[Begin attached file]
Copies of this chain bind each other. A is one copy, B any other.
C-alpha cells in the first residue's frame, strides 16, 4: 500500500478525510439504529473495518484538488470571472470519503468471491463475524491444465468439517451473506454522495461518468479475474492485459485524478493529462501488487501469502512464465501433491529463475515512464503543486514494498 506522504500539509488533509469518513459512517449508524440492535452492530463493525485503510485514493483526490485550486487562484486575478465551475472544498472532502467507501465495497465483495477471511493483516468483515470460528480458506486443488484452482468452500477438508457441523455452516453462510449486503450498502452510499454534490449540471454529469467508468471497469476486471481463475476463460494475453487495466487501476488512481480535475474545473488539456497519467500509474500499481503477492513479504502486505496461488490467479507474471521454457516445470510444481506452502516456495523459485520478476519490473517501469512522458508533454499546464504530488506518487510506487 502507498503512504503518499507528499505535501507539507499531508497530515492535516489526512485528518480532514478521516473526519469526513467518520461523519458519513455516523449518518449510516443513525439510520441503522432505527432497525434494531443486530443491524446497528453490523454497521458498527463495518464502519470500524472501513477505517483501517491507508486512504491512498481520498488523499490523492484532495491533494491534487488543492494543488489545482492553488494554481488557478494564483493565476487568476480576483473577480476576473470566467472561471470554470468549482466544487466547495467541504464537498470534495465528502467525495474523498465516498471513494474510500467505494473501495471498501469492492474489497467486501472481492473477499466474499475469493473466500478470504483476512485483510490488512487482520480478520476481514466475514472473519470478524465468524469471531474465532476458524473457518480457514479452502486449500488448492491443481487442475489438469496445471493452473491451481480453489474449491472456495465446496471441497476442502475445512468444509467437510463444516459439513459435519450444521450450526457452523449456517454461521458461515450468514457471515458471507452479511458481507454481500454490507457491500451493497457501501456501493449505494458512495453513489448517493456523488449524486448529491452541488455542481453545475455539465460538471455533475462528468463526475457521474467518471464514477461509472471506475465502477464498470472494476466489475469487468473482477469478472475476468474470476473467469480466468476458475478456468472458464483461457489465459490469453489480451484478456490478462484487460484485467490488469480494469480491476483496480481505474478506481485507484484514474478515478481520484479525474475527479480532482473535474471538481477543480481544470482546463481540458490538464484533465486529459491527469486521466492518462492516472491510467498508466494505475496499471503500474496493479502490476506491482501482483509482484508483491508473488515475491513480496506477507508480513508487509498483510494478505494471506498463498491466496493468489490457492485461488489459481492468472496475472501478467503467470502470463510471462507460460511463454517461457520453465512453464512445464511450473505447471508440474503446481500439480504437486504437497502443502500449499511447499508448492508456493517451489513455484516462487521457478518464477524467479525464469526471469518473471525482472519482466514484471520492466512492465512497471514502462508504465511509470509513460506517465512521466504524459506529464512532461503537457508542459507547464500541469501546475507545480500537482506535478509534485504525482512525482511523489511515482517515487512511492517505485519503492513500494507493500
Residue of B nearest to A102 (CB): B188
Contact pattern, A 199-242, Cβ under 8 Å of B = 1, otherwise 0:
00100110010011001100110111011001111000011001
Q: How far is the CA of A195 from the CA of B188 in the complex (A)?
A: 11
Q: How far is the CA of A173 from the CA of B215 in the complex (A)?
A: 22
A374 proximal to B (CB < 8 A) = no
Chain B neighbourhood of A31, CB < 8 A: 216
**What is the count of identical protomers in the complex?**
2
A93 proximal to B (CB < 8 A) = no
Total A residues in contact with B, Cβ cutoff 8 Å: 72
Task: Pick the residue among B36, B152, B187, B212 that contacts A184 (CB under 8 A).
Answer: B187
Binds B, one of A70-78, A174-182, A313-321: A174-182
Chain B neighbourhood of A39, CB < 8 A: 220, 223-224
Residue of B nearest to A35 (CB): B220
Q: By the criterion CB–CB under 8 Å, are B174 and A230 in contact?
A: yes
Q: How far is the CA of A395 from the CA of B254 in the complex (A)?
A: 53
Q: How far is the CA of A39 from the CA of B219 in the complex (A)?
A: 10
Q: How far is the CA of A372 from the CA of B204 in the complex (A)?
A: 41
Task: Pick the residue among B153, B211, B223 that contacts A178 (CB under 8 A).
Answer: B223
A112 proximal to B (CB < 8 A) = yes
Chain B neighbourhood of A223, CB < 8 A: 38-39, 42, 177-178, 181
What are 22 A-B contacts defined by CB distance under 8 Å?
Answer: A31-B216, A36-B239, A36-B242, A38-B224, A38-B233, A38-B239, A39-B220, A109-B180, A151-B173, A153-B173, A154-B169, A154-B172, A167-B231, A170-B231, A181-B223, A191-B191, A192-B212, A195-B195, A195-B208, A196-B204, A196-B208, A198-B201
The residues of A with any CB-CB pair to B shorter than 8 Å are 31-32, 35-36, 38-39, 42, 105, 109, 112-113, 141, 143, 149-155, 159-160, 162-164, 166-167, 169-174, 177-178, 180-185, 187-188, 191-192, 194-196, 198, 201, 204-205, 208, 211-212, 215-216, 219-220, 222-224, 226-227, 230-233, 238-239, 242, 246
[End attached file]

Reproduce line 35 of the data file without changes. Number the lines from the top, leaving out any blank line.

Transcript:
The residues of A with any CB-CB pair to B shorter than 8 Å are 31-32, 35-36, 38-39, 42, 105, 109, 112-113, 141, 143, 149-155, 159-160, 162-164, 166-167, 169-174, 177-178, 180-185, 187-188, 191-192, 194-196, 198, 201, 204-205, 208, 211-212, 215-216, 219-220, 222-224, 226-227, 230-233, 238-239, 242, 246